According to Dana Weigel, NASA’s deputy manager for the space station, “We’re finally able to open our doors to private citizens and allow others to experience the magic of living and working in space”. “The ultimate goal is to make space accessible to all people, and this is a promising beginning in that direction.”
“Who Wants to Be an Astronaut” producers expect the winner to be on board for the second Axiom mission to the space station, which could launch six to seven months after the first. There is currently no agreement in place between the Discovery team and Axiom regarding the second private space tourism flight, and NASA has yet to select Axiom.
Private astronaut missions could be accommodated on NASA’s portion of the space station, according to NASA officials, and other companies are also interested.
Axiom isn’t the only company interested in private astronaut missions, according to Weigel. Demand has exceeded our expectations at this point,” says the station’s manager.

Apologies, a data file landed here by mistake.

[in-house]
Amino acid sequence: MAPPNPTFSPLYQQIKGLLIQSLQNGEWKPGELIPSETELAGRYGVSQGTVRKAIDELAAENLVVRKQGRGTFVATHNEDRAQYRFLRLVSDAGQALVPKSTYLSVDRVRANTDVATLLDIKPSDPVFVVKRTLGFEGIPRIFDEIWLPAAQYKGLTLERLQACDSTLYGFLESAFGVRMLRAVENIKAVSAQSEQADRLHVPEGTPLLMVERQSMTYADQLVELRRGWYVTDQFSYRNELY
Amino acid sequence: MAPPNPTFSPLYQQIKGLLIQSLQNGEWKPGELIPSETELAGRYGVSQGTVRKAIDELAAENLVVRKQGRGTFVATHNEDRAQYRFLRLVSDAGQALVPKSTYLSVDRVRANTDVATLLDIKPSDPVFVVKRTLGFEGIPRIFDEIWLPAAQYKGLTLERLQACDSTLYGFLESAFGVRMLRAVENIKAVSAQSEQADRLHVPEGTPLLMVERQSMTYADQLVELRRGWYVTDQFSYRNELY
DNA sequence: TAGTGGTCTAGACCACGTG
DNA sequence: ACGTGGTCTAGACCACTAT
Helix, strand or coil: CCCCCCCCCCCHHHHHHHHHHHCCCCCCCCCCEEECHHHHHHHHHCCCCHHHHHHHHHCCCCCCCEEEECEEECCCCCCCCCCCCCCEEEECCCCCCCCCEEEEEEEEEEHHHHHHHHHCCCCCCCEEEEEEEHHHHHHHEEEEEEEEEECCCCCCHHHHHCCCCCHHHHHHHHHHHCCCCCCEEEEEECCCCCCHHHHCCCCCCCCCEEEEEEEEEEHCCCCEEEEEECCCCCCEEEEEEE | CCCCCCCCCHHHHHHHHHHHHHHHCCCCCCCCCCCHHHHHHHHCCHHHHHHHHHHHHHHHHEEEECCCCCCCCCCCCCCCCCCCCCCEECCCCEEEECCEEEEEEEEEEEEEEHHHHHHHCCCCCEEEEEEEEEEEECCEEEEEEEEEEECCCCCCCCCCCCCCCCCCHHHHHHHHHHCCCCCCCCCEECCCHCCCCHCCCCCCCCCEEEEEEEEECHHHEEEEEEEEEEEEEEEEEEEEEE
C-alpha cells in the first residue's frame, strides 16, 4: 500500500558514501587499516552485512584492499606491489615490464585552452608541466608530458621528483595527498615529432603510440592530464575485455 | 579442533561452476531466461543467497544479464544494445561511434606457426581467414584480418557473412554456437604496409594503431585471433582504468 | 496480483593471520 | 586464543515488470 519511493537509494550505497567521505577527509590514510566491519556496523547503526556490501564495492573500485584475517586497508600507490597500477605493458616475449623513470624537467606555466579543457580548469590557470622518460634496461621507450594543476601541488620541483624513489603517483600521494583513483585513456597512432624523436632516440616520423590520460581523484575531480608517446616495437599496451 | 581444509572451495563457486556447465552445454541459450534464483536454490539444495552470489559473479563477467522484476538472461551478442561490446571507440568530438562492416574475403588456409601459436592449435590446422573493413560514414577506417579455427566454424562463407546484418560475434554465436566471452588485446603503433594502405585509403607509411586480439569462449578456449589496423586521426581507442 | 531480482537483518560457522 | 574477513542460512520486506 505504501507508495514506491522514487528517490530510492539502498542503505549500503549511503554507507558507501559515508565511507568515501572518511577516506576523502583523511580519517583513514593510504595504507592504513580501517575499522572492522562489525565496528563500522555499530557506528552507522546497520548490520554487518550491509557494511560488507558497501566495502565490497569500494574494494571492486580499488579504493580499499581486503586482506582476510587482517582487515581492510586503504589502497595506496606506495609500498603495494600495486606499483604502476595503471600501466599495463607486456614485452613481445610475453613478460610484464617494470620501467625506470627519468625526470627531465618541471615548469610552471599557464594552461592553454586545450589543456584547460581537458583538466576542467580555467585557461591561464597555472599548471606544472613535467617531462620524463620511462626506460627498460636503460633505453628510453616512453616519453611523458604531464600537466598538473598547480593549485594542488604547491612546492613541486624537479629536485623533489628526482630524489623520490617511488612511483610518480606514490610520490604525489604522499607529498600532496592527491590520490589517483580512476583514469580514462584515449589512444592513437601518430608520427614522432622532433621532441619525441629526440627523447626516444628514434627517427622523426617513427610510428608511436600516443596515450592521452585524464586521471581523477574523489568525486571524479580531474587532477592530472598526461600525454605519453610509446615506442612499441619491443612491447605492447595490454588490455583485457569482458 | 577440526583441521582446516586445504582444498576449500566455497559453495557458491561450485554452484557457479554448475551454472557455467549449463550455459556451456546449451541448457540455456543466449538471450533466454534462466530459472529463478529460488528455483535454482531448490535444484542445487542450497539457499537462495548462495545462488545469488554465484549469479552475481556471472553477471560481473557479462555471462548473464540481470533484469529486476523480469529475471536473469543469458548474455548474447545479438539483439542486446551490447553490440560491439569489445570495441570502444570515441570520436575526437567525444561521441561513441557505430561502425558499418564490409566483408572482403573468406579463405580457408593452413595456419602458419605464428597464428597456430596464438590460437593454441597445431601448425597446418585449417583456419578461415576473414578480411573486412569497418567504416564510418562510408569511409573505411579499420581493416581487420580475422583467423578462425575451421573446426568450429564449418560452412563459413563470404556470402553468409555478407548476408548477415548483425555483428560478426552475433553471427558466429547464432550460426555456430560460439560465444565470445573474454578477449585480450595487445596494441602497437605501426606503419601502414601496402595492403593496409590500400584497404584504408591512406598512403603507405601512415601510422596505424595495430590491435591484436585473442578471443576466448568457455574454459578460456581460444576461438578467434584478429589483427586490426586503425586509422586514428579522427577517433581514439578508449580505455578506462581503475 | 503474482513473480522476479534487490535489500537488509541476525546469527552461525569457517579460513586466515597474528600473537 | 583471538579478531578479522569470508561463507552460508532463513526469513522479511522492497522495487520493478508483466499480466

Peggy Whitson is a former NASA astronaut who now works for Axiom, and John Shoffner is a paying passenger who made his fortune as the head of a company that manufactures conduits for fibre optic cables. They were announced by Axiom on Tuesday, however:
As a consultant for Axiom, Dr. Whitson, the NASA astronaut with the record for the most time spent in space (665 days), hopes to return to space and improve her record. Her response was, “Absolutely,” and she nodded. This “carrot” was the bait.”
Discovery’s show will be “a premium documentary,” according to Mr. Peterson, and it won’t be like “Survivor” or other brutal reality television competitions.